LNH/ACRA/WRIMO: Anal-Retentive Archive Kid: A Judicious Use Of Overkill #11

Scott Eiler seiler at eilertech.com
Thu Dec 30 19:15:04 PST 2010

On Dec 30, 12:36 pm, Andrew Perron <pwer... at gmail.com> wrote:
> On Dec 30, 3:24 pm, Saxon Brenton <saxonbren... at hotmail.com> wrote:
> > "Oh, put a sock in it Lite," groused ARAK. "This isn't the time
> > for your ninja jokes." He shoved his hands in his pockets and scowled
> > rather than risk bursting into tears. "My life is absolutely fscking ruined."
> > Signal watches. Shit. He was doomed.
> > And thus is the *DOOM* that falls upon those who defy the will of
> > the gods^H^H^H^H the will of the Writers.
> ...well I certainly didn't see *that* coming.

Honestly, I didn't see *anything* coming.  This is now the second time
I've assumed the series was over and been proven wrong.

> > He has quite justifiable pride in his intellectual
> > abilities, but in a number of previous stories I've also established that
> > he's quite aware of his own limitations of not being able to pull of
> > superhero stunts. This, combined with his generally obsessive nature,
> > meant that he performed a number of extreme actions without necessarily
> > taking much in the way of physical risks, and was always covering his
> > own back from the moral risks.
> Interesting.  I just figured that he didn't have nearly the karmic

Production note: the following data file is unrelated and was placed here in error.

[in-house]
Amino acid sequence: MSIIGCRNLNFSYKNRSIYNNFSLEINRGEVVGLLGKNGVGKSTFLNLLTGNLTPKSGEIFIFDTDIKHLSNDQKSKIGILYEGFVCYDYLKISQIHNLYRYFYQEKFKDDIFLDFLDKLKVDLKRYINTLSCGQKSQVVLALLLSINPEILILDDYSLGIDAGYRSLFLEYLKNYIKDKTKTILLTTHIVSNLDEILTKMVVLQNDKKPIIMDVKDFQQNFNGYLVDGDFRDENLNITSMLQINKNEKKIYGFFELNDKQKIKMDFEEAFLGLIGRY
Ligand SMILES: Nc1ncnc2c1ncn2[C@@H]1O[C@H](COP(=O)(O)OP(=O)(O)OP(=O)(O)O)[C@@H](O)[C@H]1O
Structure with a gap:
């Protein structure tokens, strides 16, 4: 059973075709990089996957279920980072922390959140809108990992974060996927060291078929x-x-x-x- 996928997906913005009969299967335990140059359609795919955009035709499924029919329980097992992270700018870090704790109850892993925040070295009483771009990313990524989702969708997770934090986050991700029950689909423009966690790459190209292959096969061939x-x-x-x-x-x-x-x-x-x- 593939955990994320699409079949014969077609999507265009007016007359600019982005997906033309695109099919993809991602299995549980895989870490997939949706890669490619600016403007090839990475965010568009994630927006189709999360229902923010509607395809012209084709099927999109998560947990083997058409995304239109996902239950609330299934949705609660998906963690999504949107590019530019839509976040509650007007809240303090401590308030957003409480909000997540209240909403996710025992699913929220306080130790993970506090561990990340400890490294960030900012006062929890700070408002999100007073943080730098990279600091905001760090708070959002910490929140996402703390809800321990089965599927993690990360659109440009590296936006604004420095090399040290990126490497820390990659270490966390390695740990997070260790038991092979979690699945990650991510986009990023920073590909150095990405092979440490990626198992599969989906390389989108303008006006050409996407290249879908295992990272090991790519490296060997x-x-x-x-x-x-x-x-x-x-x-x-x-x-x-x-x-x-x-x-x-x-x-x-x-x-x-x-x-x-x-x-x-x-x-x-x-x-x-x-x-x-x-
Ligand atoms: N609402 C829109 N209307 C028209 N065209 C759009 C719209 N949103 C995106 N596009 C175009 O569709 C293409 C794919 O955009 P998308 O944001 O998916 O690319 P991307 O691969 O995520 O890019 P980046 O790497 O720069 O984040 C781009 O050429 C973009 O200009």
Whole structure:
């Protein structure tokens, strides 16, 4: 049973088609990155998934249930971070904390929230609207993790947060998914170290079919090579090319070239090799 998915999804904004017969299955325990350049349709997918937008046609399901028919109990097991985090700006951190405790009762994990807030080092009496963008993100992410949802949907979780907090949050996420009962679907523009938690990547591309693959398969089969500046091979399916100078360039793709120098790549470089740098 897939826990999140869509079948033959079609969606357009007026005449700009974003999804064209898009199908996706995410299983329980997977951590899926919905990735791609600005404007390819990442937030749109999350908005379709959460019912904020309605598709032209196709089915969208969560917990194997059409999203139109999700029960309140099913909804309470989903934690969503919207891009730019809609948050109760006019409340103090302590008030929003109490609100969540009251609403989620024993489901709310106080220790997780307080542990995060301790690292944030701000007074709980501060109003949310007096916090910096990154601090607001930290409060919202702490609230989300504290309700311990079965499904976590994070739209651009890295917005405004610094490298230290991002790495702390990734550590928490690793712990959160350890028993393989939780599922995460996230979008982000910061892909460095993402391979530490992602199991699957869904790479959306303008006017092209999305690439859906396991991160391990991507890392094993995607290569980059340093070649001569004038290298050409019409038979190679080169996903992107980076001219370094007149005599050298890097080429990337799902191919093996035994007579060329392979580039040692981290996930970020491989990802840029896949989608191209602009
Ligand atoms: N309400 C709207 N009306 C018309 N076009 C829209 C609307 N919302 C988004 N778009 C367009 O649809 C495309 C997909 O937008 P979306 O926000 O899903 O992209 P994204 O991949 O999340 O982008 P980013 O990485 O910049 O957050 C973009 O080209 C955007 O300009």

> justification he thought he did. (Killing a baby?  Even if 87% of
> future timelines have it growing into a Very Bad Person?  C'mon, man.
> The right thing to do is to put it in the hands of the right person
> for one of the other 13%.  Certainly, if you have something that can
> predict possible futures with that degree of accuracy, you can find
> them.)

I figured the series was leading toward some combination of
overambition and failure of super-technology.  I still think these
"karmic sifters" must of necessity be untested, because of the
Heisenberg principle in which the observation affects the result.

> > So finally I did an end run around ARAK's actions and preparations,
> > retconned in that he had overlooked something, and had Ultimate Ninja
> > point it out. Fortunately Scott Eiler had made observations in the
> > comments threads about the nature of the interaction between Wendle and
> > Elizabeth that I had included as a carry over from Elizabeth's previous
> > appearance.

And here I was, worried that I was inserting a tired old comic book
trope into a nice healthy Usenet adventure.  (Though I often feel the
secret love among people who argue in real life...)

> The above comments said, this is a weird and interesting way for this
> to play out.  Invoking cliches to protect you only to find yourself
> trapped in a web of them is the kind of karmic punishment that Kafka
> would be proud of.

I admire ARAK more and more for his perceptions of reality.  None of
my own characters have advanced to where they realize that justice is
a farce for at least *some* universes controlled by Higher Powers.

Wyatt Ferguson sympathizes with ARAK in his karmic predicament.  Wyatt
avoided something much like it earlier this year, but only by not
acting like a fictional character.

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